In North Carolina, domestic violence is an attempt at bodily harm or harassment to a member of a person’s household. Domestic violence is intentional violence to an aggrieved party. It is not self-defense.
When accused of domestic violence, people often receive protective orders. If delivered a protective order, a defendant must follow the restrictions or face serious consequences.
Protective order restrictions
Protective orders, as described by the North Carolina legislature, provide relief to plaintiffs in domestic violence cases. The protective order will direct the defendant to refrain from any acts of domestic violence or any contact with the plaintiff. The plaintiff may receive temporary possession of the residence, whereas the defendant can no longer enter the premises.
If children are involved, the defendant may be unable to visit with or see the children for the duration of the case. For children, courts look at the best interests of the child to decide whether a person should have custody or visitation. Some orders will require a person to attend an abuser treatment program if the court finds him or her responsible. Also, protective orders can restrict a person from buying a firearm.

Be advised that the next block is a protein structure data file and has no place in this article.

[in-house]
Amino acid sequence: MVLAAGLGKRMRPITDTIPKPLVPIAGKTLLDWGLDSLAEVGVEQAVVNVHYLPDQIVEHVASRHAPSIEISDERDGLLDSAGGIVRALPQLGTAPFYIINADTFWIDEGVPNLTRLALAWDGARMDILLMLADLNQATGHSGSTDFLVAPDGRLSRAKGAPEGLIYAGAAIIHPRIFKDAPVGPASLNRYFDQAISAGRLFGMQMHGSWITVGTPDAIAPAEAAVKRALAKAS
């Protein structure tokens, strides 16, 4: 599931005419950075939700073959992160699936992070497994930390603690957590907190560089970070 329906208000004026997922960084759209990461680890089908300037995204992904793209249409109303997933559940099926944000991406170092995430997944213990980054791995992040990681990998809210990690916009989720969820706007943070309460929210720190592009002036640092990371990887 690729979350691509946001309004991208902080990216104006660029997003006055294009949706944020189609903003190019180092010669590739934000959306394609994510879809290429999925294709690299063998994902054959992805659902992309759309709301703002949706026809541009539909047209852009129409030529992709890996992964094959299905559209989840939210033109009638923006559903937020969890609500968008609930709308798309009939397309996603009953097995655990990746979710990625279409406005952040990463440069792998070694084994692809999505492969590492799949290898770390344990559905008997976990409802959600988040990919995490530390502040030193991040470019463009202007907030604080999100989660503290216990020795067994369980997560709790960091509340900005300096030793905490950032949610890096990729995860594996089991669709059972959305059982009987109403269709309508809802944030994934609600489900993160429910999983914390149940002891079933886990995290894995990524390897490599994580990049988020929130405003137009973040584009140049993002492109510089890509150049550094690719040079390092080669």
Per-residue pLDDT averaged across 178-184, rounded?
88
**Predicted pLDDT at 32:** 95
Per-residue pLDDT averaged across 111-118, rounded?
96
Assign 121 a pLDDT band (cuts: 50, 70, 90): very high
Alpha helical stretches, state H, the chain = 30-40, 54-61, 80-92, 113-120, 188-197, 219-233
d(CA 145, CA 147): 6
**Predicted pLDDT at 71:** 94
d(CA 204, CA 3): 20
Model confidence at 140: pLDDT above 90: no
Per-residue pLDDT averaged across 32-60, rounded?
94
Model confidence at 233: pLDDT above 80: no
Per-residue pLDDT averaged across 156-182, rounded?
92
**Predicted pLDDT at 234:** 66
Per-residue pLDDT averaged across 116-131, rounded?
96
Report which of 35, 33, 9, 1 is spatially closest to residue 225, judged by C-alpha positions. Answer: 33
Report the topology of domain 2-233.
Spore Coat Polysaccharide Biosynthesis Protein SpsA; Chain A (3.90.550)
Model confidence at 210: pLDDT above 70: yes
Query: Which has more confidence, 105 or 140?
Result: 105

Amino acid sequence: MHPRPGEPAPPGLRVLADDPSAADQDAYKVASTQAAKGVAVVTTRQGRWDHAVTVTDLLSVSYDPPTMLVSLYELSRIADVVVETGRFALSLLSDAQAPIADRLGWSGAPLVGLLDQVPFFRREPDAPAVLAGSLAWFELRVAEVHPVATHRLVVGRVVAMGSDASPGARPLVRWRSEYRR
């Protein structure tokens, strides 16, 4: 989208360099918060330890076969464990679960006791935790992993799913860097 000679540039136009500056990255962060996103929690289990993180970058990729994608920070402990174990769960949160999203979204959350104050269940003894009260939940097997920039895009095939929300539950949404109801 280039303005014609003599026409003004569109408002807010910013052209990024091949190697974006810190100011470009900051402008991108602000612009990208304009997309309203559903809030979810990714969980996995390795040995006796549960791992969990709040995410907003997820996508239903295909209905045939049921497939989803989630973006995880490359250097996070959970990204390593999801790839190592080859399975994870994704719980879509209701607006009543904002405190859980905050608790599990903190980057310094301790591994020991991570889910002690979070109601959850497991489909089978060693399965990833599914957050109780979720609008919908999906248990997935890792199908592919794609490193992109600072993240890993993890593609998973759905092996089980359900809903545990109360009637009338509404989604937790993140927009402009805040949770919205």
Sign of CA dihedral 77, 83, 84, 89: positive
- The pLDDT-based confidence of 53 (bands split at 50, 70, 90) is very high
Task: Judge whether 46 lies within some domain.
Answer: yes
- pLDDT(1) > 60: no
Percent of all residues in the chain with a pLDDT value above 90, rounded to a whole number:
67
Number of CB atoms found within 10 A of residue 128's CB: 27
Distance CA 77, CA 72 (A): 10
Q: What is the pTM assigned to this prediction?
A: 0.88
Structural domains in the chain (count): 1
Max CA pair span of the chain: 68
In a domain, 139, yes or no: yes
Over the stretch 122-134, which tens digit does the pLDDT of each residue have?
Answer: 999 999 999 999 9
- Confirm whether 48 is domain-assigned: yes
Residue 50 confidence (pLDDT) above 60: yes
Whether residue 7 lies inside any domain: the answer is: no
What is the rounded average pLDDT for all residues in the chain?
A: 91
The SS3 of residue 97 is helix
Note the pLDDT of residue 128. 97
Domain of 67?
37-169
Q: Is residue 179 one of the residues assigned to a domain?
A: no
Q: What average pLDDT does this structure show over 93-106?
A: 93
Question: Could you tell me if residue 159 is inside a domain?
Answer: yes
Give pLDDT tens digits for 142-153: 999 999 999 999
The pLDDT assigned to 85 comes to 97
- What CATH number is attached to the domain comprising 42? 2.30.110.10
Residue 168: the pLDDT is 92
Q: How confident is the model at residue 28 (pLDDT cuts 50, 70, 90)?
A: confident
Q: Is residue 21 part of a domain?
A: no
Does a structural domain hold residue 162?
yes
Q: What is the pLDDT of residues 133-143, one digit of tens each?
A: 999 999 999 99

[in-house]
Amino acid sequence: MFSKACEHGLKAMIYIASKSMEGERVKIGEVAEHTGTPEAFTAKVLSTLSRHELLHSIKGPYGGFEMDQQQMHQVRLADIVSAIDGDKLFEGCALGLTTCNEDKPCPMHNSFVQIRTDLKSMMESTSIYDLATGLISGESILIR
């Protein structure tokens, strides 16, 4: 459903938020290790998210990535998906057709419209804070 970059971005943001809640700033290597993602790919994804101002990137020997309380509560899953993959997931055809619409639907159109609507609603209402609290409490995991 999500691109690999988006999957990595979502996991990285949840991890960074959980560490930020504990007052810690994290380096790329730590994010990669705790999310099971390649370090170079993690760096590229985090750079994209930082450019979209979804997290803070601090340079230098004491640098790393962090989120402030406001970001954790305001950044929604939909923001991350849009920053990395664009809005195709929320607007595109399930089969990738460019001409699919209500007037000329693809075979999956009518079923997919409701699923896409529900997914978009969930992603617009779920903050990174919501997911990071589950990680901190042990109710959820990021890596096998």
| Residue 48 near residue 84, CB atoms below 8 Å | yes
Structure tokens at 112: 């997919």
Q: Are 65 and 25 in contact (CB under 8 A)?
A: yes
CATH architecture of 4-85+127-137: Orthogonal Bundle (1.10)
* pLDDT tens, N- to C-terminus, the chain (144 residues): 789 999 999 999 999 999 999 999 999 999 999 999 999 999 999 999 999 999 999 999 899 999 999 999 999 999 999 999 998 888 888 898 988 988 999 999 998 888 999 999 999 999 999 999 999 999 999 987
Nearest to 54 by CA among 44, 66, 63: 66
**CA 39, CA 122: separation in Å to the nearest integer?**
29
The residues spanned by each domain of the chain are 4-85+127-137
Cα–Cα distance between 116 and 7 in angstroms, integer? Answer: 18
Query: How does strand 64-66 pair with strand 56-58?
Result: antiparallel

When a person violates a protective order, an officer can arrest said person with or without a warrant. According to the North Carolina legislature, an officer only needs probable cause that the offender knowingly violated the protective order. In addition to an arrest, the charge can increase in severity. For instance, if a person commits a felony while simultaneously violating a protective order, the person may face charges one class higher than the principal felony.